Subdivision (c) of Government Code section 37361 allows religiously affiliated organizations to declare their properties exempt from historic preservation laws. Subdivision (c) grants the exemption for “noncommercial property owned by any association or corporation that is religiously affiliated and not organized for private profit, whether the corporation is organized as a religious corporation, or as a public benefit corporation, provided that both of the following occur: [¶] (1) The association or corporation objects to the application of the subdivision to its property. [¶] (2) The association or corporation determines in a public forum that it will suffer substantial hardship, which is likely to deprive the association or corporation of economic return on its property, the reasonable use of its property, or the appropriate use of its property in the furtherance of its religious mission, if the application is approved.” (§ 37361, subd. (c), italics added.)

On appeal, OKH contends that the property is noncommercial and so OKH has met all of the requirements of Government Code section 37361, subdivision (c) qualifying it for the exemption, with the result that the City failed to follow the law when it designated the Teriton as a landmark. The trial court disagreed, ruling that to qualify for the exemption, property must be noncommercial when the religious organization purports to exempt it and before the application for exemption is approved.

We agree with the trial court and hold that the Teriton does not qualify for the exemption of Government Code section 37361, subdivision (c) because it

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was not “noncommercial property owned by any association or corporation that is religiously affiliated” at the time OKH sought to exempt it and at the time the Commission designated it a landmark.

The Supreme Court in East Bay Asian Local Development Corp. v. State of California (2000) 24 Cal.4th 693 [102 Cal.Rptr.2d 280, 13 P.3d 1122] (East Bay), upheld by a narrow majority the facial validity of the exemption in Government Code section 37361, subdivision (c), rejecting challenges under the First Amendment of the United States Constitution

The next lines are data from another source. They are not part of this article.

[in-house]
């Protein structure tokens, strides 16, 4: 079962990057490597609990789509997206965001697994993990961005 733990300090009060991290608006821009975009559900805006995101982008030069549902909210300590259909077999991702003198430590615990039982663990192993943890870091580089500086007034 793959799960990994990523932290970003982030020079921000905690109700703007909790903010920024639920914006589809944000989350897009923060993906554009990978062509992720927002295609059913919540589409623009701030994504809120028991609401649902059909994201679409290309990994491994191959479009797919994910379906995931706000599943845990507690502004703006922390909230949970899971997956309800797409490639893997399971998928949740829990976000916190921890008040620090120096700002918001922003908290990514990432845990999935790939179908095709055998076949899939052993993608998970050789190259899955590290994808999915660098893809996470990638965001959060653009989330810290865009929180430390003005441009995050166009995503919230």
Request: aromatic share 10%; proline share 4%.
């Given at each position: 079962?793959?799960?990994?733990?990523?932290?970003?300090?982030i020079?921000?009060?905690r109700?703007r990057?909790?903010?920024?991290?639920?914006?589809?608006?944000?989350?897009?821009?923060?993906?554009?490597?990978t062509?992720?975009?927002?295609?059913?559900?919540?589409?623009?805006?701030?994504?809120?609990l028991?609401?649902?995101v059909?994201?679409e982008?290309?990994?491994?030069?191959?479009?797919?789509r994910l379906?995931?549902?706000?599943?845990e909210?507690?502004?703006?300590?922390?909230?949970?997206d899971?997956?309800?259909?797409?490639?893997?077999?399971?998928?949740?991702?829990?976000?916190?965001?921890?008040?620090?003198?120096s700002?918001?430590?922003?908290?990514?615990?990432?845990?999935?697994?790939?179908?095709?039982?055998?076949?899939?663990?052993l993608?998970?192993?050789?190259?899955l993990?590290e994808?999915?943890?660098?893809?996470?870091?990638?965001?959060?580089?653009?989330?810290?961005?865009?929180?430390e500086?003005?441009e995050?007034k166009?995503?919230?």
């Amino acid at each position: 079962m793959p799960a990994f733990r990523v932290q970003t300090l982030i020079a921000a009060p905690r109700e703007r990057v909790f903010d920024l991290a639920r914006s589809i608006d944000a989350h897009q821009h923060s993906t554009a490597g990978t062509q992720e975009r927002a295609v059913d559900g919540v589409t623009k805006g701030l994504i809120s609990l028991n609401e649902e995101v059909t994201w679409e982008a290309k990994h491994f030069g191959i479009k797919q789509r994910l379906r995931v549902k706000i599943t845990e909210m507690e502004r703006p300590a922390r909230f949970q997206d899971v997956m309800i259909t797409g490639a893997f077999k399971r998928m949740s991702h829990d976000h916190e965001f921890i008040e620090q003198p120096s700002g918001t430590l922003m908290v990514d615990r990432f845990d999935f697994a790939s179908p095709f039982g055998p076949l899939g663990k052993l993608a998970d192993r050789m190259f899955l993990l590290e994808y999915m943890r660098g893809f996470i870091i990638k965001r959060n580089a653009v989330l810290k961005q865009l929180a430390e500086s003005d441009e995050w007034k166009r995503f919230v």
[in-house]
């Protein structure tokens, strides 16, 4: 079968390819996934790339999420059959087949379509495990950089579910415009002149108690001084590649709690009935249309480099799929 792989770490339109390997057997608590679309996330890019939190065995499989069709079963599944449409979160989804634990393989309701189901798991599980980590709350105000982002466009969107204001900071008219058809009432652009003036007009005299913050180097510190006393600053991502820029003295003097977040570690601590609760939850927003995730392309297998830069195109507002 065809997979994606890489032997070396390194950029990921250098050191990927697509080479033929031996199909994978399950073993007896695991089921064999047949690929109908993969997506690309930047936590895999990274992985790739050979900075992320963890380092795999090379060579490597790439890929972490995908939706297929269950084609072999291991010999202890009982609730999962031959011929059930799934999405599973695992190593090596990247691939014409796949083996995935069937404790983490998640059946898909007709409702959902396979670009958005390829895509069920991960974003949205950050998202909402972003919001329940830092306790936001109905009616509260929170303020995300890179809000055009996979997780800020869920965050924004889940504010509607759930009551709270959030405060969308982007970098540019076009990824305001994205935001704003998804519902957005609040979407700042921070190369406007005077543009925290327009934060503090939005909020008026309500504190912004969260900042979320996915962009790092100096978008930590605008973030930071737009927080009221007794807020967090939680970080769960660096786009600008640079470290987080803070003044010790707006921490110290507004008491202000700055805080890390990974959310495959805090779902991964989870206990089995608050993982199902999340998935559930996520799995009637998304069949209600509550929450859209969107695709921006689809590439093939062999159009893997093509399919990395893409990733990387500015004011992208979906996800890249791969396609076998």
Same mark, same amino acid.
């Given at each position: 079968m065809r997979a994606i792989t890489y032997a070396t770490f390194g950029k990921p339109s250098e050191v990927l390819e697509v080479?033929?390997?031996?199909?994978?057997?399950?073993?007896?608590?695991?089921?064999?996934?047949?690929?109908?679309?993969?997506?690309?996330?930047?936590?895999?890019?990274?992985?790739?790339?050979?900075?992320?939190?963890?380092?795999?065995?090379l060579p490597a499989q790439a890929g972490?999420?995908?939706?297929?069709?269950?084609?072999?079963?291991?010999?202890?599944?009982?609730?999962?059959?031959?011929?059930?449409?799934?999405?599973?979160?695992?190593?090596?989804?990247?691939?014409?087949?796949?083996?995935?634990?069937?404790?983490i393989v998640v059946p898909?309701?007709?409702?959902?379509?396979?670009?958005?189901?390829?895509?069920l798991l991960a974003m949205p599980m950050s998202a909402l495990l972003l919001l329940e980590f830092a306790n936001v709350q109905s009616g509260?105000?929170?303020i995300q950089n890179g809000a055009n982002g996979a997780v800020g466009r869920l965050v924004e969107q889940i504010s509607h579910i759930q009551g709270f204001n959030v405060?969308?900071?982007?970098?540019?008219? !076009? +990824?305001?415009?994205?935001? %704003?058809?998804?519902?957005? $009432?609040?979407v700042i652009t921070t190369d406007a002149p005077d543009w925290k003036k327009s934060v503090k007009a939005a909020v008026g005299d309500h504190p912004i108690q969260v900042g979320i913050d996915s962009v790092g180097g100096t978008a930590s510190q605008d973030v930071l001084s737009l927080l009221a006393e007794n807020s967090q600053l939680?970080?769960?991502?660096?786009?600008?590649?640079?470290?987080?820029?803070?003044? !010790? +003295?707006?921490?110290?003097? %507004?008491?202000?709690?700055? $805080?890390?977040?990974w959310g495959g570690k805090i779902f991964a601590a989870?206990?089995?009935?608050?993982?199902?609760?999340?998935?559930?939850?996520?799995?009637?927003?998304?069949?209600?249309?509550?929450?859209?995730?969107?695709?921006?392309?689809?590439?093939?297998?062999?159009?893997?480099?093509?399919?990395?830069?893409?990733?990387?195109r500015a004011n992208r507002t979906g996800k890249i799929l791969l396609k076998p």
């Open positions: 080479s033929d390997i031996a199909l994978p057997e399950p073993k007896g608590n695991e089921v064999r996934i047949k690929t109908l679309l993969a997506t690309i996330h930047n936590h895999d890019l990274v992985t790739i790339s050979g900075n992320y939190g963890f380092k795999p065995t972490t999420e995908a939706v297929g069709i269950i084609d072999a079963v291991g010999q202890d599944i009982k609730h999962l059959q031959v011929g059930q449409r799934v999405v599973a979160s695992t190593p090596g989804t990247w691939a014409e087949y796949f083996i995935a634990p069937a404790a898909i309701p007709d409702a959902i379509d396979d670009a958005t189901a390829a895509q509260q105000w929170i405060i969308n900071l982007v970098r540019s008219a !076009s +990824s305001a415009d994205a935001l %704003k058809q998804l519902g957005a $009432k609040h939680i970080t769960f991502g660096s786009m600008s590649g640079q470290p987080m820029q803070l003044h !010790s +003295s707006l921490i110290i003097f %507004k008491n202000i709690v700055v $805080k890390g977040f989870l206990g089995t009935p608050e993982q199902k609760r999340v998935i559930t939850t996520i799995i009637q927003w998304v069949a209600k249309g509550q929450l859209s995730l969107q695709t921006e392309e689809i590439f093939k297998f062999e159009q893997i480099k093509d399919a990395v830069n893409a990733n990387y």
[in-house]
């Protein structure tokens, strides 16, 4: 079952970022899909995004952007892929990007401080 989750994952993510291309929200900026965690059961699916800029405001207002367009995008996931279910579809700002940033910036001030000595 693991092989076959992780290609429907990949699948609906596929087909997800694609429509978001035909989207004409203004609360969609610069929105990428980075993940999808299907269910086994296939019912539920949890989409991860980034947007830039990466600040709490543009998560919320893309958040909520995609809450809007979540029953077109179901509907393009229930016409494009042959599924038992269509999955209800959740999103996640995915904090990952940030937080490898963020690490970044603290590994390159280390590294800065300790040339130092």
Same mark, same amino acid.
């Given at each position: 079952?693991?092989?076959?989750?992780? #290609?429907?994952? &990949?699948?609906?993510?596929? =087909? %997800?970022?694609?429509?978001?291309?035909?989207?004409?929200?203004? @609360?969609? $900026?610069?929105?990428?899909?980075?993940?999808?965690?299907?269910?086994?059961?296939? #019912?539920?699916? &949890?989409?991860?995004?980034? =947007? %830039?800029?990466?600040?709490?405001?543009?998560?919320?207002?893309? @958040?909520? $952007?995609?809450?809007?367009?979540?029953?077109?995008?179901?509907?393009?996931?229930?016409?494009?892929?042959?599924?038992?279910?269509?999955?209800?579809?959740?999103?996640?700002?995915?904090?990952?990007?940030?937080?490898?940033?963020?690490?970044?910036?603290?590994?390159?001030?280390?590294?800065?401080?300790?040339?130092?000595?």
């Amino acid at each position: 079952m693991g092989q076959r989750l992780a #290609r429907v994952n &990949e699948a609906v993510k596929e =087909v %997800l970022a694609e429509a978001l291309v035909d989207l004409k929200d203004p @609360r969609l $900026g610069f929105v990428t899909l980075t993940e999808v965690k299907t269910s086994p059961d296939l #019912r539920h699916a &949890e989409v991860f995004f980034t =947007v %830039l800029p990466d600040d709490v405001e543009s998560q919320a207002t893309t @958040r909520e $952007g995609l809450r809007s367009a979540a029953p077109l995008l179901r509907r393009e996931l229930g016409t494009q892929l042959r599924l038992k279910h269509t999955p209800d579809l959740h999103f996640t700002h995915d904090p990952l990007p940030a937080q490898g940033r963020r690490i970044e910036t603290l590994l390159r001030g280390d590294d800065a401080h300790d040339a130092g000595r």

and article I, section 4 of the California Constitution. The court dispelled the contention that the exemption violates the establishment clause by providing economic advantages to religious groups at the expense of neighbors. East Bay explained that a law is not unconstitutional merely because it allows churches to advance religion. The exemption’s “only impact,” the Supreme Court explained, “is that the owner may continue to use the property as it sees fit . . . to further its religious mission unrestricted by the historic preservation law” and that the statute “[p]ermit[s] a religious body to use its noncommercial property in the manner it did before a restrictive law was imposed. . . .” (24 Cal.4th at p. 714, italics added.)

As for what constitutes “noncommercial,” the East Bay majority rejected the dissent’s expansive construction stating, “In context, it seems clear . . . that the Legislature had in mind property whose use is related to the religious entity’s fulfillment of the owner’s religious mission bu is not used for profitmaking purposes. It is true that this could include rental property as some religious entities provide housing for teachers, nurses, students, and other personnel of their affiliated noncommercial operations. It is true also that noncommercial property could include a warehouse — one used to store food or clothing for charitable distribution. It might include a gymnasium, school, hospital, senior citizens home, or agricultural property used to provide rehabilitative employment and food used for religious and charitable purposes. The descriptive term used by the Legislature is appropriate to all of these uses.” (East Bay, supra, 24 Cal.4th at p. 715, fn. 6, italics added.) The obvious implication of the Supreme Court majority’s description in East Bay, is that to be “noncommercial” under Government Code section 37361, subdivision (c) exemption, the property’s use must be related to the religious-entity owner’s fulfillment of its religious mission but not for profit making. More important, in describing the exemption as enabling a religious entity to “further its religious mission,” and allowing a religious body to use its property “in the manner it did before a restrictive law was imposed” (East Bay, supra, at p. 714), the majority indicates that to qualify for the section 37361, subdivision (c) exemption, the property must at a minimum be noncommercial at the time the entity seeks an exclusion from historic preservation.